Rotator Cuff Injury Management in the ED Workup

Updated: Aug 02, 2021
  • Author: Eileen C Quintana, MD; Chief Editor: Trevor John Mills, MD, MPH  more...
  • Print

Imaging Studies

Routine radiographic evaluations are an essential component of shoulder evaluation in the ED. Perform a routine radiographic examination in every patient with suspected rotator cuff injury. Shoulder radiography should include anteroposterior, axillary, and lateral views. (See the images below.)

Normal plain radiograph of the shoulder in interna Normal plain radiograph of the shoulder in internal, external, and neutral positions.

A modified transscapular or supraspinatus outlet view is useful for surgical purposes. Radiographic changes are as follows [26, 27, 28] : subacromial sclerosis (ie, "eyebrow" sign), osteophyte formation, sclerosis and cystic changes in the greater tuberosity, and reduction of the acromiohumeral distance (< 7 mm). (Only the 

Reserve advanced imaging modalities for suspected rotator tears with no improvement in symptoms, despite adequate therapy for 3-6 weeks.

Partial-thickness rotator cuff tears may be difficult to diagnose with a single imaging modality. Plain films are recommended for identification of other causes of shoulder pain, such as calcific tendinosis, osteoarthritis, or fracture. A high-riding humeral head (≤7 mm of acromiohumeral distance) may be identifiable on anteroposterior radiographs and suggests a large rotator cuff tear. MRI and ultrasonography have excellent diagnostic accuracy for full-thickness tears. [6, 7, 8, 9, 10, 11]

Arthrography of the glenohumeral joint has been used to diagnose rotator cuff disease. [12] A complete tear is diagnosed when communication between the glenohumeral joint cavity and the bursae, either subacromial or subdeltoid, is evident. Partial tears are better evaluated with ultrasonography or MRI.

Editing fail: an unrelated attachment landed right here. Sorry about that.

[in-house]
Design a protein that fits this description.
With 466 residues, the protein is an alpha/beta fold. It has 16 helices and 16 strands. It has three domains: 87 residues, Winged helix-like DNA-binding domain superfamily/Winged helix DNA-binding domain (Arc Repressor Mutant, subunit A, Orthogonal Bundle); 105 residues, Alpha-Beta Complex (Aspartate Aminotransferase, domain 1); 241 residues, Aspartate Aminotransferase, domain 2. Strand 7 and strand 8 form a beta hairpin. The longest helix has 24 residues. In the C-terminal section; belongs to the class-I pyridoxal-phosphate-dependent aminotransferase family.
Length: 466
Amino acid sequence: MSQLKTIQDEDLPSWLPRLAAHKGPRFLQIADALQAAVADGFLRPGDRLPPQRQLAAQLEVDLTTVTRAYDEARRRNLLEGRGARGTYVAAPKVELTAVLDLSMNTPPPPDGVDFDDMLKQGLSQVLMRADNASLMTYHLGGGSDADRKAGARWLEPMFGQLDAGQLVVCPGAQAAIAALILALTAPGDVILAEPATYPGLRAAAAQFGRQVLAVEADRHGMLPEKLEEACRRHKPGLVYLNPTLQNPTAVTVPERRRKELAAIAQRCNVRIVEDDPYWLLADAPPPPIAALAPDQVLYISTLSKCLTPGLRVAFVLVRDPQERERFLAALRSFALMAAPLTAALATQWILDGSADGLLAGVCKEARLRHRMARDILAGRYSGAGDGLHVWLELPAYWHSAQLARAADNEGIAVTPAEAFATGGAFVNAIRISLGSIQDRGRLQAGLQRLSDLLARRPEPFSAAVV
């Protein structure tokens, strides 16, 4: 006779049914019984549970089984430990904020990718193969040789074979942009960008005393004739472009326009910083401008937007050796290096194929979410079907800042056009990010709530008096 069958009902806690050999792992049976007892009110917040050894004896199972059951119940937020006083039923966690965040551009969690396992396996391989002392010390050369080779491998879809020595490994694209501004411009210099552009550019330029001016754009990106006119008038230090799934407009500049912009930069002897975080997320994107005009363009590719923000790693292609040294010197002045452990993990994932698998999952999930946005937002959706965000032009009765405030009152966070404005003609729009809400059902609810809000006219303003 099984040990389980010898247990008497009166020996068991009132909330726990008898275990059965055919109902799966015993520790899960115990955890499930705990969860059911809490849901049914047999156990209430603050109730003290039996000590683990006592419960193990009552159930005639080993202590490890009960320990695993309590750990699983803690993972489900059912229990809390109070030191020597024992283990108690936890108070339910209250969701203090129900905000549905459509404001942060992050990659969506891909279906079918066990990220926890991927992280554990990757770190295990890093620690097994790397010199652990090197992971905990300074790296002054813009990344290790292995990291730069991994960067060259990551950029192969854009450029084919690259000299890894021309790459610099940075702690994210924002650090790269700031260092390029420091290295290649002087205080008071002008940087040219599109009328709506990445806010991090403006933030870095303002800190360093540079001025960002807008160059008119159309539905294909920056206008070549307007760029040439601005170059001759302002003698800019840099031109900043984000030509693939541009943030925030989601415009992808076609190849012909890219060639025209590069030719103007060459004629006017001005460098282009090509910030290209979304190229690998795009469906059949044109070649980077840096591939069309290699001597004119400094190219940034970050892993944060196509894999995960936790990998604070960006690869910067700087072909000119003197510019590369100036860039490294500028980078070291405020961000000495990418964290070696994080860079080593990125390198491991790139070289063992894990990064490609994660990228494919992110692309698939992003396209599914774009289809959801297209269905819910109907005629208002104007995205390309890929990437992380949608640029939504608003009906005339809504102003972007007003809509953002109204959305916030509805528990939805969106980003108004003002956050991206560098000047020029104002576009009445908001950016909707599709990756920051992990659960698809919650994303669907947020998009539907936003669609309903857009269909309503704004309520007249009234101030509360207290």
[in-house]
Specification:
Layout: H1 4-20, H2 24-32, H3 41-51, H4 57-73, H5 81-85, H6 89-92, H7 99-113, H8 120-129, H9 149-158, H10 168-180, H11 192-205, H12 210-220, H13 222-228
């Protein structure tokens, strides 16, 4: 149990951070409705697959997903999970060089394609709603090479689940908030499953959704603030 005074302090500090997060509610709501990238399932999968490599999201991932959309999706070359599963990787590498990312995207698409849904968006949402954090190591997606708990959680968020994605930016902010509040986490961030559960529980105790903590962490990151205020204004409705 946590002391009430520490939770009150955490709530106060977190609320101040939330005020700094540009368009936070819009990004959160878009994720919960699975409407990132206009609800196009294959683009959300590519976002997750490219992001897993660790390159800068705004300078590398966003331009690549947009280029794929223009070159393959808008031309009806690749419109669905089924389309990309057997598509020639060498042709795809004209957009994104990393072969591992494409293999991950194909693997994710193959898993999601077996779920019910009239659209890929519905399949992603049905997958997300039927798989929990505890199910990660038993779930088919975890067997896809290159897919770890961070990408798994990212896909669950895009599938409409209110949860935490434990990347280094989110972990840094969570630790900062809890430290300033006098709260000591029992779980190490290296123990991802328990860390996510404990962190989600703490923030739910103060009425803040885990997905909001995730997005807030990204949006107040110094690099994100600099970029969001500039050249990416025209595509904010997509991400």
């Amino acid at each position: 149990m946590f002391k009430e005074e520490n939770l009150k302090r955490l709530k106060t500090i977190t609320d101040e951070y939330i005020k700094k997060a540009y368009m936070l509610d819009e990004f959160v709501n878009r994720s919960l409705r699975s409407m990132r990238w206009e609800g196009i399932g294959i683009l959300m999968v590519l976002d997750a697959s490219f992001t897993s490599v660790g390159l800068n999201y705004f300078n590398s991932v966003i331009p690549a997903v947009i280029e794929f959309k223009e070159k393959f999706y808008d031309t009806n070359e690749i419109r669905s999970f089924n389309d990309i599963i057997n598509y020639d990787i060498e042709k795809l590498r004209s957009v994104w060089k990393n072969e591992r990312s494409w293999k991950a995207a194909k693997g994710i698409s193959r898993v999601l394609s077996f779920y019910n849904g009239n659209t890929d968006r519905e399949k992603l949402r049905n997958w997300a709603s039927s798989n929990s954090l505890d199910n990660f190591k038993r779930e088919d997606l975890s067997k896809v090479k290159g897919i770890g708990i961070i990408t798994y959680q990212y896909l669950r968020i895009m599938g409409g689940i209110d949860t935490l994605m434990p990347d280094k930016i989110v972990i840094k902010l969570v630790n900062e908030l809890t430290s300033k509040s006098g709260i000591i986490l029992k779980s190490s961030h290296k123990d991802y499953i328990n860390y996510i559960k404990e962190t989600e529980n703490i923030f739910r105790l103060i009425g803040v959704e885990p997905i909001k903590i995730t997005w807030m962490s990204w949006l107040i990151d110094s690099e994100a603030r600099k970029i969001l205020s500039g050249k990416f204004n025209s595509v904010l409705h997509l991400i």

Ultrasonography is also used to evaluate rotator cuff disease. The 4 criteria for rotator cuff pathology are nonvisualization of the cuff, localized absence or focal nonvisualization, discontinuity, and focal abnormal echogenicity. Sensitivity and specificity are operator dependent and have been reported to be greater than 90%. [4, 29]  In a study, by Saragaglia et al, of acute shoulder injury in 48 patients who presented to the ED, ultrasonography recorded an 82% positive predictive value for cuff tear. [13]

Magnetic resonance imaging (MRI) can reveal a great spectrum of rotator cuff disease from degeneration to partial or complete tears. MRI also can reveal soft tissue injuries. As a postoperative imaging modality, it has proven to be invaluable. [7, 8, 9, 11]

In a study of MRI, 2-dimensional MRA, and 3-dimensional isotropic MRA at 3-T to diagnose rotator cuff injuries, MRI appeared equivalent to MRA in the diagnosis of full- and partial-thickness tears, although there was a trend toward greater accuracy in the diagnosis of subscapularis tears with MRA. 3-T 3D isotropic MRA appeared equivalent to 3-T 2D MRA for all types of tears. [30]

In a study of diagnostic accuracy of ultrasonography, MRI, and MRA in characterizing full-thickness rotator cuff tears, overall sensitivity and specificity exceeded 90%, whereas sensitivity was lower, at 67-83%. [31]